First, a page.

This memo evaluates three tax subsidies to nuclear power contained in the American Power Act (APA): 5-year accelerated depreciation for reactors; a 10% investment tax credit; and an expansion of a production tax credit for nuclear. The draft Act was floated by Senators John Kerry (D-MA) and Joseph Lieberman (I-CT) in May 2010. Subsidy costs were evaluated using prototype AP1000 and Areva EPR reactor characteristics, and a range of values for cost of capital.
Publication or article
Through its focus on incentives for the coal industry, this document provides one of the best summaries we've seen on subsidies to coal gasification, Integrated Gasification Combined Cycle (IGCC) technology, and associated carbon capture and storage (CCS) methods. Of particular merit are the state-by-state summaries of coal-supportive programs and policies. As the document was published four years ago, some program may have changed; however, the normal duration of subsidy policies suggests the vast majority remain in effect.
Subsidies for biofuels in the United States have reached levels unimagined when support for an "infant industry" began in the late 1970s. Today, the infant has grown into a strapping behemoth with a powerful sense of entitlement and an insatiable appetite for ethanol's primary feedstock: corn. In 2009, the U.S. Department of Agriculture reported a record corn harvest of 13.2 billion bushels, 9 percent larger than the harvest of 2008.
One way to correct market failures is tax shifting -- raising taxes on activities that harm the environment so that their prices begin to reflect their true cost and offsetting this with a reduction in income taxes. A complementary way to achieve this goal is subsidy shifting. Each year the world's taxpayers provide at least $700 billion in subsidies for environmentally destructive activities, such as fossil fuel burning, overpumping aquifers, clearcutting forests, and overfishing.
This report summarizes the Climate Policy Initiative Workshop, hosted at DIW Berlin, that took place in November 2009.
At their meeting in Pittsburgh in September 2009, G20 Leaders called for an additional evidence base to support efforts by the member nations to reform and remove fossil fuel subsidies. At a workshop in Berlin in November 2009 we discussed the definition and quantification of energy subsidies, the evaluation of their impact, and the political economy of their reform.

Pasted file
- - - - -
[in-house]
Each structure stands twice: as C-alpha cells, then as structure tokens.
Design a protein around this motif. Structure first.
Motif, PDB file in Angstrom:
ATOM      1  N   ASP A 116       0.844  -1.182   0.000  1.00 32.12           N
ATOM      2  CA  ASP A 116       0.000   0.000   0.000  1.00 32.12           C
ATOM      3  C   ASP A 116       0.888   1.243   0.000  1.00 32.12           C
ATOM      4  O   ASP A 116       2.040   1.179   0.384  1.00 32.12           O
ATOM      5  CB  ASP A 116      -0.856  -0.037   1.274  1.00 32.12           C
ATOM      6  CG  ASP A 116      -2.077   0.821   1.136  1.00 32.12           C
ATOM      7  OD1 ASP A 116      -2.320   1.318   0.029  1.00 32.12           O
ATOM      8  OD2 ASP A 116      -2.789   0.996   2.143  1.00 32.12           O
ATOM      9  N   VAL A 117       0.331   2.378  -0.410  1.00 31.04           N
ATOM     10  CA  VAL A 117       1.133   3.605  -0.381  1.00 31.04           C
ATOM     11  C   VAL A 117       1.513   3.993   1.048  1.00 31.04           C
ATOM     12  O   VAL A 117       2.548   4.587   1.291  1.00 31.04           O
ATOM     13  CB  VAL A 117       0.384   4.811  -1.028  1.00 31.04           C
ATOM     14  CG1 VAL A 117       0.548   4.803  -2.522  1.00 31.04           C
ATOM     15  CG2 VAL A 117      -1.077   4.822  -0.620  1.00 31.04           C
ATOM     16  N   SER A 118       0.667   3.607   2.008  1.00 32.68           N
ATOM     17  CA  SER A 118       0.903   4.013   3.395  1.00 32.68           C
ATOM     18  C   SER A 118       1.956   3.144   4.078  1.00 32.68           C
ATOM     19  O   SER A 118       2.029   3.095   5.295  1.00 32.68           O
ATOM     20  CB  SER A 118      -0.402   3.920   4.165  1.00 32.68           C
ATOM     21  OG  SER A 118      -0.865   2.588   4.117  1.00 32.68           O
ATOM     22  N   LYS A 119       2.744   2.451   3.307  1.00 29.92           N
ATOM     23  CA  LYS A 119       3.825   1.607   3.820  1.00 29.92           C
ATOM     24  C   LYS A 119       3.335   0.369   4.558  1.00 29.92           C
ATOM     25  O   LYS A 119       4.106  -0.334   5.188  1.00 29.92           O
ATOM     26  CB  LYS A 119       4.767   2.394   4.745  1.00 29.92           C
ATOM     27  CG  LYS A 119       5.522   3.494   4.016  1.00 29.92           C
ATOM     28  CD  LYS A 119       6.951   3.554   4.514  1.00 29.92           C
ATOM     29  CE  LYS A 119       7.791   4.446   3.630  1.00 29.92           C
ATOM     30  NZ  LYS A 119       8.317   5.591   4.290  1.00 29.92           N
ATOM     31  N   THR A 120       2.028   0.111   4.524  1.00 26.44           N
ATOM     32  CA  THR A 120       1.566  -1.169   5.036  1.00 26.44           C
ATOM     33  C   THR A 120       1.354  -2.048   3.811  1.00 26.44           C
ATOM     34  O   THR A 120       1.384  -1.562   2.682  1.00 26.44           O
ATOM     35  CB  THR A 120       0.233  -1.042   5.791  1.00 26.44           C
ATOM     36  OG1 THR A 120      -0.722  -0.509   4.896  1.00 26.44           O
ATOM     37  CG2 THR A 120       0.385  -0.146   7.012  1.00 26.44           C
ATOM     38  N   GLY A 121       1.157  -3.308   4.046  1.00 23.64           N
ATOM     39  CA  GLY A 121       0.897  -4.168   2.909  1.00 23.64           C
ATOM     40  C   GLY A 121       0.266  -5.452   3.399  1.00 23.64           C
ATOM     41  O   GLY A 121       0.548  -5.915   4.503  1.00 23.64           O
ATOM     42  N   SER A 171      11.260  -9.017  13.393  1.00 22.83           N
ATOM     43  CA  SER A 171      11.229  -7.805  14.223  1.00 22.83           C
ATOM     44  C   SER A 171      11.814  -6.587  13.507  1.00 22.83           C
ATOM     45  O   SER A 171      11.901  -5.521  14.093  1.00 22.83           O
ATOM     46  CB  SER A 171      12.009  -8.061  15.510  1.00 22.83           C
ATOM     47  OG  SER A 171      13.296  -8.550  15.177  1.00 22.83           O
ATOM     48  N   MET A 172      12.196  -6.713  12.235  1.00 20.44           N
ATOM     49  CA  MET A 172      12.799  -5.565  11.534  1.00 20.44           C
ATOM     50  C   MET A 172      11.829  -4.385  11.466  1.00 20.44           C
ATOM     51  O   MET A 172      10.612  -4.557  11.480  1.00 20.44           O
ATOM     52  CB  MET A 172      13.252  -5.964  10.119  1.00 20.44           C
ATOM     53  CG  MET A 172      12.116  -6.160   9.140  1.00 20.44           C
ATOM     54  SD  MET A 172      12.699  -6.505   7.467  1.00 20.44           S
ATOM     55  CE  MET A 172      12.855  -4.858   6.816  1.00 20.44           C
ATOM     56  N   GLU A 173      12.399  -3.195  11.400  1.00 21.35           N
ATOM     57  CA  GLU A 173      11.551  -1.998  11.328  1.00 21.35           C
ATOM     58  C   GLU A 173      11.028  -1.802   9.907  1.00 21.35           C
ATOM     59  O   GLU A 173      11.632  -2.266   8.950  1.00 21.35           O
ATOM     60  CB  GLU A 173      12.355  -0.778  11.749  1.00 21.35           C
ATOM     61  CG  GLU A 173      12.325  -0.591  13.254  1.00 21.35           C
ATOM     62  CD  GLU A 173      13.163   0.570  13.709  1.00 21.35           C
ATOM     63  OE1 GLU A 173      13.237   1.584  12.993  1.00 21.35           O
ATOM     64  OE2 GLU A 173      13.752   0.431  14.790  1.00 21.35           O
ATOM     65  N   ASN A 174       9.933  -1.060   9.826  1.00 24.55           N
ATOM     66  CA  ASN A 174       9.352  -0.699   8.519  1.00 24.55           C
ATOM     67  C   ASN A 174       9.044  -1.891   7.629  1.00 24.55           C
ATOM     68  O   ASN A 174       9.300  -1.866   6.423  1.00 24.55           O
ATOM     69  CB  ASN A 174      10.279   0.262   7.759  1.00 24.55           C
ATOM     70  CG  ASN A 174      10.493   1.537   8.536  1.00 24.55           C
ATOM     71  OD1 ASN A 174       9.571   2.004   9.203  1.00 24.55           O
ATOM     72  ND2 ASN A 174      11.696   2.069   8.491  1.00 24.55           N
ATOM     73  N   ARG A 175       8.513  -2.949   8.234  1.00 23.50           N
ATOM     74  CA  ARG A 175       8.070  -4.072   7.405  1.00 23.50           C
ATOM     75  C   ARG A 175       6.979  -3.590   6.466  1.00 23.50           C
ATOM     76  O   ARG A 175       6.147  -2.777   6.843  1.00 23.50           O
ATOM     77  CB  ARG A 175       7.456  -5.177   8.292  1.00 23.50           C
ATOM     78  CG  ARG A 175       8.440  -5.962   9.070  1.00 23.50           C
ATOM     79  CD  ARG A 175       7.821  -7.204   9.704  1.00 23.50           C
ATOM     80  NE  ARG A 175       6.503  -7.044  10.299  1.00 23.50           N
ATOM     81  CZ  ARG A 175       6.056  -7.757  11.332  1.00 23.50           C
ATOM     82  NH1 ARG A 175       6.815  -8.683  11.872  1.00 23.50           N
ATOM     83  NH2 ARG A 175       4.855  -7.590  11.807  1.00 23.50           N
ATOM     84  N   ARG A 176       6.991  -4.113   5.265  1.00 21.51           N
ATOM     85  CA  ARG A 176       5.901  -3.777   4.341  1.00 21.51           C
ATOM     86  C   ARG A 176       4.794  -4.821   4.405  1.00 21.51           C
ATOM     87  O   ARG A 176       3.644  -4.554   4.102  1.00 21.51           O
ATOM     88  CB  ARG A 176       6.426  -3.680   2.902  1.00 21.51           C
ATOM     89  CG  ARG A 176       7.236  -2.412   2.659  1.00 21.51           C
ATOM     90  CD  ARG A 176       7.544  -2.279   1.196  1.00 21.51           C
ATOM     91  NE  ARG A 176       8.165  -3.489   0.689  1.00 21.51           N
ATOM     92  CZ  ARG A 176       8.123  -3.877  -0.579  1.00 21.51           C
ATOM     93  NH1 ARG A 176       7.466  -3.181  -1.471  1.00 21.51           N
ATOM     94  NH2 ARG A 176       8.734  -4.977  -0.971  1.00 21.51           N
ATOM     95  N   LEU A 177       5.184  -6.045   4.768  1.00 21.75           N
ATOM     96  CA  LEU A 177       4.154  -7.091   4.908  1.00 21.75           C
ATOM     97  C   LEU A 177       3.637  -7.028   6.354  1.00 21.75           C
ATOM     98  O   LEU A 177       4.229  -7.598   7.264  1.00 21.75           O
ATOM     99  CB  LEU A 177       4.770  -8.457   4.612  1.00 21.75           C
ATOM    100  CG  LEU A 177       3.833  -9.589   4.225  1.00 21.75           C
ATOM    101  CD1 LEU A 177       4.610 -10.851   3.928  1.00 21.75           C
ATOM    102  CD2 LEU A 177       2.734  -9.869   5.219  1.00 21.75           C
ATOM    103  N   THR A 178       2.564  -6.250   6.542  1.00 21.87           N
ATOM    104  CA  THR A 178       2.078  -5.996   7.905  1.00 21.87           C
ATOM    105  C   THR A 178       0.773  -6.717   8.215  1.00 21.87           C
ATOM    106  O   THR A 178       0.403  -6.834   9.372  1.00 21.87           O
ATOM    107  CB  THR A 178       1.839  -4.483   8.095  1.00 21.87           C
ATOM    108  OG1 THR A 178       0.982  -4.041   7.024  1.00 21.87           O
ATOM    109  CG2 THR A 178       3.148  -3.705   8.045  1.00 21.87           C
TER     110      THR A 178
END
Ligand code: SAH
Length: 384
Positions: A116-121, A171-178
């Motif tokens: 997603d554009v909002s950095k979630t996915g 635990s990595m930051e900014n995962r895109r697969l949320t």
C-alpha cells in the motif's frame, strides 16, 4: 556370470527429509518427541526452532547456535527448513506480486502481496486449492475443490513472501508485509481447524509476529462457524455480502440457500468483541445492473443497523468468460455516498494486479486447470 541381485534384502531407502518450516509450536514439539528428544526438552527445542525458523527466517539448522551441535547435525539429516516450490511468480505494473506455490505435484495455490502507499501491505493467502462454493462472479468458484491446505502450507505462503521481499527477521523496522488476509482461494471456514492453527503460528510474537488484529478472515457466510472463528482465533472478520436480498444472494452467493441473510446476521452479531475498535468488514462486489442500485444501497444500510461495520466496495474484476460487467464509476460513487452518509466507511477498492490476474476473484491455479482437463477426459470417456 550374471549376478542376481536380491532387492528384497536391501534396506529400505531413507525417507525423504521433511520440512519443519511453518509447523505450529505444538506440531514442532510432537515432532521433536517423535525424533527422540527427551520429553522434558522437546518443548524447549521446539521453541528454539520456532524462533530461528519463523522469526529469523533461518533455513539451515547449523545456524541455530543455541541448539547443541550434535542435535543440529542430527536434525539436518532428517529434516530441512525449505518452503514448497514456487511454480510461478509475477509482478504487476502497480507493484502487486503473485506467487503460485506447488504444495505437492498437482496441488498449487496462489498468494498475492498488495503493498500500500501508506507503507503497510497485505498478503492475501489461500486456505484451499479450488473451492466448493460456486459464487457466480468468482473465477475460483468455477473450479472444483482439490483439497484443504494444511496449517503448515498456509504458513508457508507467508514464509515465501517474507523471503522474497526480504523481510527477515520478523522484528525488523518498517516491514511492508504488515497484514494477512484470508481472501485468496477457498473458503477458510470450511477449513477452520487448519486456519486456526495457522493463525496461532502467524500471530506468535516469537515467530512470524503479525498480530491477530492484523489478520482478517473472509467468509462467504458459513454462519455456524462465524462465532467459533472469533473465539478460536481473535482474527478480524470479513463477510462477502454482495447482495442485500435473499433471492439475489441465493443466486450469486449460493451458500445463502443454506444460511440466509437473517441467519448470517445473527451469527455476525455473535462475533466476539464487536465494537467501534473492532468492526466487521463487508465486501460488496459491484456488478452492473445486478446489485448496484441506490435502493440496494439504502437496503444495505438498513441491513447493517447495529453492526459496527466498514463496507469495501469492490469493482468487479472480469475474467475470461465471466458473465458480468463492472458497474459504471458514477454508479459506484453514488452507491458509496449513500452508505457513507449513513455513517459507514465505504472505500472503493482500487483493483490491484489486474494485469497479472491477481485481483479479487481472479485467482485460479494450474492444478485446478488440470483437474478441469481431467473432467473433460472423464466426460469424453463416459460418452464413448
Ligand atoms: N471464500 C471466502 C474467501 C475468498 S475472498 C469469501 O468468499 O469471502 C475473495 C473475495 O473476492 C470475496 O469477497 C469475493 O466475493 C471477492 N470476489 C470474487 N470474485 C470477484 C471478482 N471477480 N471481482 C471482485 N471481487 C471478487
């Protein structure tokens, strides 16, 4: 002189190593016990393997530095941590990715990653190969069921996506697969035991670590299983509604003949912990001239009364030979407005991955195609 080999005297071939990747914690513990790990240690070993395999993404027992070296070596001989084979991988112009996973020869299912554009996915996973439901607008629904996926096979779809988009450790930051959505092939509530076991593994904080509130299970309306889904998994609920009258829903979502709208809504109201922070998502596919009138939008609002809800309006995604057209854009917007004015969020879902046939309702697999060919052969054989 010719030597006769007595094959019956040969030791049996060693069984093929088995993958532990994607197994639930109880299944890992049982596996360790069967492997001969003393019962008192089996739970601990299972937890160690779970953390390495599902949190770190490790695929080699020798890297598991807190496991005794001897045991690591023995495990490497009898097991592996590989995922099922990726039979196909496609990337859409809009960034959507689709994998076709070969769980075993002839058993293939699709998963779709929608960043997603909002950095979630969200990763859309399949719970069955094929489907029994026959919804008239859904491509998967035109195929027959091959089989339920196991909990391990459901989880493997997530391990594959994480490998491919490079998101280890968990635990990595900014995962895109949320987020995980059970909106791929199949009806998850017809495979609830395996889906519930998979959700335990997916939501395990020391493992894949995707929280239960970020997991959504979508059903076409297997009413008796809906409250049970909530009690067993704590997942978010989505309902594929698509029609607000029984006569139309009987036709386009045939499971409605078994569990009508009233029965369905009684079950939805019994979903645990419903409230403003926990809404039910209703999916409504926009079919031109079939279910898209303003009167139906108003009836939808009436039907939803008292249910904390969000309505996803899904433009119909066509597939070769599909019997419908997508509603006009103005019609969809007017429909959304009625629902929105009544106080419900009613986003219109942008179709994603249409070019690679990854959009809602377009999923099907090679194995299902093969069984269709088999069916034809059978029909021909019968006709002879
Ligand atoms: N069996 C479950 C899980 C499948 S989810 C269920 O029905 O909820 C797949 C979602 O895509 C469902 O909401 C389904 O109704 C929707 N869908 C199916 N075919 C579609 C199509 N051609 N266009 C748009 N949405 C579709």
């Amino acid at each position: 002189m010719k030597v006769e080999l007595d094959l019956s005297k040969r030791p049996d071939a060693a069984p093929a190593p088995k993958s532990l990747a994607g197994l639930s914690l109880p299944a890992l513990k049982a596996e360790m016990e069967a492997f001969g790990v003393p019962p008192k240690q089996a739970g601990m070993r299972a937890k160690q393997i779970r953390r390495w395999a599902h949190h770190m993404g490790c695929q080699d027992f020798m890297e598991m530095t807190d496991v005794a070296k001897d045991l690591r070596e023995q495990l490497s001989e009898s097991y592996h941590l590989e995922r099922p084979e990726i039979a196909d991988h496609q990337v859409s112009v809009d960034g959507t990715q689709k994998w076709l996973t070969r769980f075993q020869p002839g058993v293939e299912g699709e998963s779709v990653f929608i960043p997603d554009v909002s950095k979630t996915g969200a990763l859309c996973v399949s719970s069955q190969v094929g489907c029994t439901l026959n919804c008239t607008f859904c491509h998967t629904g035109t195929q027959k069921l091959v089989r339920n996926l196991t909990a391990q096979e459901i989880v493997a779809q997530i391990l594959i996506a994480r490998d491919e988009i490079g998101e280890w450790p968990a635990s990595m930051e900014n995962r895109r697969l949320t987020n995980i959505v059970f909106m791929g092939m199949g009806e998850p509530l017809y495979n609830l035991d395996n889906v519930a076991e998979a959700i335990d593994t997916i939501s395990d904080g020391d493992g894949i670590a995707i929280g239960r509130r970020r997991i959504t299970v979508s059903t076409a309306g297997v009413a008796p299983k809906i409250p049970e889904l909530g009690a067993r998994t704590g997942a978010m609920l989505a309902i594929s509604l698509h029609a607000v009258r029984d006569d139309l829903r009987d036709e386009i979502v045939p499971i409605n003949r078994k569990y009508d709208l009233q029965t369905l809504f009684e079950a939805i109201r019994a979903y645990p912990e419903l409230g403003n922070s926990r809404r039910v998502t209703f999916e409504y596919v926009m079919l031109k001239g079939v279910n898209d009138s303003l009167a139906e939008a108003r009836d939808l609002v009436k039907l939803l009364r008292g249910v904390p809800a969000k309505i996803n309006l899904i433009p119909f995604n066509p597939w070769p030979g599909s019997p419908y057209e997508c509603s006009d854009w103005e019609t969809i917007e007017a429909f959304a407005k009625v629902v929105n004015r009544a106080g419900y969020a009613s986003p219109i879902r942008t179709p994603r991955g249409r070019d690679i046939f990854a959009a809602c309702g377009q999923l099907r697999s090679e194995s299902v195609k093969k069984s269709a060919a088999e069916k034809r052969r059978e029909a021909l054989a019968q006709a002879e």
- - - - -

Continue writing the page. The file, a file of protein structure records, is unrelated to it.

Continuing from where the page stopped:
Gaining Traction: The importance of transparency in accelerating the reform of fossil-fuel subsidies
An accurate picture of the level and nature of subsidization is a necessary first step towards reform. Reliable information facilitates an assessment of the subsidy's costs, distribution and impacts, and the development of effective strategies for reform. At the international level, it provides a foundation for dialogue on reform and for monitoring of progress towards de-subsidization.
The purpose of this report is to urge consistency in the development and implementation of federal administrative policies. Even as President Obama has pledged to phase out fossil fuel subsidies, the Federal Government prepares to establish limits on greenhouse gas emissions, and the Administration fosters a transition to a low carbon economy, some Federal agencies continue to have policies and programs that provide substantial subsidies for the construction, expansion, and life extension of one of the largest sources of greenhouse gas emissions in the U.S. - coal-fired power plants.
Reforming subsidies to fossil fuels is a challenging prospect for many governments. To help policy-makers better appreciate the trade-offs between economic, environmental and social impacts, various organizations have analyzed fossil-fuel subsidies and their effects, often with the aid of complex economic models.
Petroleum product subsidies have again started to rise with the rebound in international prices. This note reviews recent developments in subsidy levels and argues that it is necessary to reform the policy framework for setting petroleum product prices in order to reduce the fiscal burden of these subsidies and to address climate change. In 2003, global consumer subsidies for petroleum products totaled nearly $60 billion. They are projected to reach almost $250 billion in 2010.